“I’d play one game and do well, and then play away from home and be doing badly and come off at half-time. To be honest, he (Zenga) kind of messed me around. It was the same with some players there not really getting opportunities, certain players coming in from certain clubs and people pulling strings. It was a bit of a strange situation, I didn’t really know what was going on there.

“I just kept my head down and tried to play as best I could with limited opportunities. It’s hard to be consistent when selection is inconsistent. I don’t think I’ve ever started more than two games in a row for Wolves so it’s hard to find form for any player.

“They signed some fantastic talent, like Helder Costa. You’ve got to be realistic, he’s a twenty-million pound player and I’m not going to keep him out of the team. He’s playing right midfield. So that’s where the club’s at, they’re trying to move forward.

“For me to come here, it’s two steps back to take one forward and I want to be playing in the Championship for Millwall next season.”

Wallace has played just one 90-minute competitive fixture this season but with Millwall's smaller core of first-team players he is hoping for a run of games.

“It was the same selection for six games in a row and you can see the consistency come through,” he said. “It was the same last year, you could almost pick the team and the subs that were going to happen.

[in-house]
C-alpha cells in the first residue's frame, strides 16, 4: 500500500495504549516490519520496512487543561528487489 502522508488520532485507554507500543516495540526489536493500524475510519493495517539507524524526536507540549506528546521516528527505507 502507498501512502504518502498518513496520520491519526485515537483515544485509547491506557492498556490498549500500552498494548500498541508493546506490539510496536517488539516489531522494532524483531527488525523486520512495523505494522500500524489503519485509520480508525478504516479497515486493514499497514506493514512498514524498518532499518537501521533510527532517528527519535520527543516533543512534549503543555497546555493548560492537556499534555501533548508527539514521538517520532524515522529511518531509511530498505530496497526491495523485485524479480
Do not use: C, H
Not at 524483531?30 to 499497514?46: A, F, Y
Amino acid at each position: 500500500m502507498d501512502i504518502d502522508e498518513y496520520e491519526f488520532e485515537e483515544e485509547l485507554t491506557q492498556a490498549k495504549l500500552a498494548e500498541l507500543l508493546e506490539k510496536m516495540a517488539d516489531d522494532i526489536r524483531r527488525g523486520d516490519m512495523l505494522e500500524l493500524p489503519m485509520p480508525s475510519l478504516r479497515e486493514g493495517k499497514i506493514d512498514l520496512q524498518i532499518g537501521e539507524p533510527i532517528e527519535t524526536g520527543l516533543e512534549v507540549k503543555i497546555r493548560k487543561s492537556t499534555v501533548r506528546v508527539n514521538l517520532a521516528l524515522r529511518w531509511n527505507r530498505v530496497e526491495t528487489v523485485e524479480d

“The manager showed it was important that there were eighteen or nineteen players that can make an impact. Me and Coops now are another two. You look to your left and right and know there are people that can fill in positions. We’re looking to kick on now and get into the Championship if we can.”

Wallace played 21 minutes last Saturday at Valley Parade, and he acknowledges he needs to quickly build up match fitness with the fourth round of the FA Cup coming up against Watford on Sunday.

“I think any player will tell you it’s not easy coming off the bench, especially when it was almost like a game of basketball, back and forth,” Wallace said.

“I’ve always been a player that can get rusty, I need to get my minutes in and play. I’ve been like that since I was about fifteen or sixteen. Some boys can be out and then come back and pick it up but I’m not one of those players.

“I need to build my minutes up and I’ve spoken to my manager about that. There are various things going on behind the scenes to do that. If I can get more time on Sunday I can hit the ground running.

“I’m quite a fit lad but it’s about getting a feel of the ball, you can’t replicate that on the training pitch, no matter how hard you train. You need eleven v eleven games. Hopefully I’ll be ready to go on Sunday.”

Wallace kept an eye on Millwall’s progress this season, and feels despite some bad results earlier in the campaign they are as good as anyone in the league.

He said: “They got themselves into a really good position and then lost four in a row, it went a little bit crazy. You always follow clubs when you’re with another club that you think, ‘Potentially I could be there in three or four years’.

“I followed Millwall for a couple of years and they always seem to be the same, a bit of a slow start and then come strong as the season goes on, like last year. We’re hoping to replicate that this season.

“If we can keep everyone fit, especially the front two, we can beat anyone in this division.”

Image: Millwall FC 

John Kelly